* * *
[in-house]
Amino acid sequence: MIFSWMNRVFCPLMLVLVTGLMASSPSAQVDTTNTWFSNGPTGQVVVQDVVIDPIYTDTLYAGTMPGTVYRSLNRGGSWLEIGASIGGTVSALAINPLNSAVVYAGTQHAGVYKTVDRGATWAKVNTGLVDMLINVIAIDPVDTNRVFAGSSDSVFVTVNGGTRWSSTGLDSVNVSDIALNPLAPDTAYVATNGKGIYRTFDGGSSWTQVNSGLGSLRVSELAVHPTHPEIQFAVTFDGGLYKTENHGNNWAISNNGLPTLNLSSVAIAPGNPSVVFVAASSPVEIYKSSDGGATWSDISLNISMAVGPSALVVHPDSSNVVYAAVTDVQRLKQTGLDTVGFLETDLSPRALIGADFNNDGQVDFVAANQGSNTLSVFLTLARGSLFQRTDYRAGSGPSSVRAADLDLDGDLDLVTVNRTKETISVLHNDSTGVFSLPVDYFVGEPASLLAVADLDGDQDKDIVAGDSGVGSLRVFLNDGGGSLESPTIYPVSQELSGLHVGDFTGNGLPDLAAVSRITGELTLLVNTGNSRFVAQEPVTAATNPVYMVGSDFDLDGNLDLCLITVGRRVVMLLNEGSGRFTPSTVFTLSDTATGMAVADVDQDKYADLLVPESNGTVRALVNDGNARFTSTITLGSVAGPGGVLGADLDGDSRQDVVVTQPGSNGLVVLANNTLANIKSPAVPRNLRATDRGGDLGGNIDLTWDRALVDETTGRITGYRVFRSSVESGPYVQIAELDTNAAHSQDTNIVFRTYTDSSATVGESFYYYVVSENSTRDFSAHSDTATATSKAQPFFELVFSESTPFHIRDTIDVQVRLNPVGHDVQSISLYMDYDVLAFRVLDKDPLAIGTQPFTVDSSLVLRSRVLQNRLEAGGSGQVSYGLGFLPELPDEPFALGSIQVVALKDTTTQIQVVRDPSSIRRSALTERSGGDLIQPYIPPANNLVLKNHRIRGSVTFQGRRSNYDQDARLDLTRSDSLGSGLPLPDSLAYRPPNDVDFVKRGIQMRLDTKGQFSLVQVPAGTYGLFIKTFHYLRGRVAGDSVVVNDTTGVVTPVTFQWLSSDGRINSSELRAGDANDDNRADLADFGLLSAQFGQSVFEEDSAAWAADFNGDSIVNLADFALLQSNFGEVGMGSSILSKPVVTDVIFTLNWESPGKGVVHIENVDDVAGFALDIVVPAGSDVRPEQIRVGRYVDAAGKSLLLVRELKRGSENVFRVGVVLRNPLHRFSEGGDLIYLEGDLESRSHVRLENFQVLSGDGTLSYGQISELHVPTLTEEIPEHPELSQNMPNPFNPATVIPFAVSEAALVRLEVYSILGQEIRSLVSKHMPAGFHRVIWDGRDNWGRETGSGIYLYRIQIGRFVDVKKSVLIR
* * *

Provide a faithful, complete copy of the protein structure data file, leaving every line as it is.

[in-house]
Amino acid sequence: MIFSWMNRVFCPLMLVLVTGLMASSPSAQVDTTNTWFSNGPTGQVVVQDVVIDPIYTDTLYAGTMPGTVYRSLNRGGSWLEIGASIGGTVSALAINPLNSAVVYAGTQHAGVYKTVDRGATWAKVNTGLVDMLINVIAIDPVDTNRVFAGSSDSVFVTVNGGTRWSSTGLDSVNVSDIALNPLAPDTAYVATNGKGIYRTFDGGSSWTQVNSGLGSLRVSELAVHPTHPEIQFAVTFDGGLYKTENHGNNWAISNNGLPTLNLSSVAIAPGNPSVVFVAASSPVEIYKSSDGGATWSDISLNISMAVGPSALVVHPDSSNVVYAAVTDVQRLKQTGLDTVGFLETDLSPRALIGADFNNDGQVDFVAANQGSNTLSVFLTLARGSLFQRTDYRAGSGPSSVRAADLDLDGDLDLVTVNRTKETISVLHNDSTGVFSLPVDYFVGEPASLLAVADLDGDQDKDIVAGDSGVGSLRVFLNDGGGSLESPTIYPVSQELSGLHVGDFTGNGLPDLAAVSRITGELTLLVNTGNSRFVAQEPVTAATNPVYMVGSDFDLDGNLDLCLITVGRRVVMLLNEGSGRFTPSTVFTLSDTATGMAVADVDQDKYADLLVPESNGTVRALVNDGNARFTSTITLGSVAGPGGVLGADLDGDSRQDVVVTQPGSNGLVVLANNTLANIKSPAVPRNLRATDRGGDLGGNIDLTWDRALVDETTGRITGYRVFRSSVESGPYVQIAELDTNAAHSQDTNIVFRTYTDSSATVGESFYYYVVSENSTRDFSAHSDTATATSKAQPFFELVFSESTPFHIRDTIDVQVRLNPVGHDVQSISLYMDYDVLAFRVLDKDPLAIGTQPFTVDSSLVLRSRVLQNRLEAGGSGQVSYGLGFLPELPDEPFALGSIQVVALKDTTTQIQVVRDPSSIRRSALTERSGGDLIQPYIPPANNLVLKNHRIRGSVTFQGRRSNYDQDARLDLTRSDSLGSGLPLPDSLAYRPPNDVDFVKRGIQMRLDTKGQFSLVQVPAGTYGLFIKTFHYLRGRVAGDSVVVNDTTGVVTPVTFQWLSSDGRINSSELRAGDANDDNRADLADFGLLSAQFGQSVFEEDSAAWAADFNGDSIVNLADFALLQSNFGEVGMGSSILSKPVVTDVIFTLNWESPGKGVVHIENVDDVAGFALDIVVPAGSDVRPEQIRVGRYVDAAGKSLLLVRELKRGSENVFRVGVVLRNPLHRFSEGGDLIYLEGDLESRSHVRLENFQVLSGDGTLSYGQISELHVPTLTEEIPEHPELSQNMPNPFNPATVIPFAVSEAALVRLEVYSILGQEIRSLVSKHMPAGFHRVIWDGRDNWGRETGSGIYLYRIQIGRFVDVKKSVLIR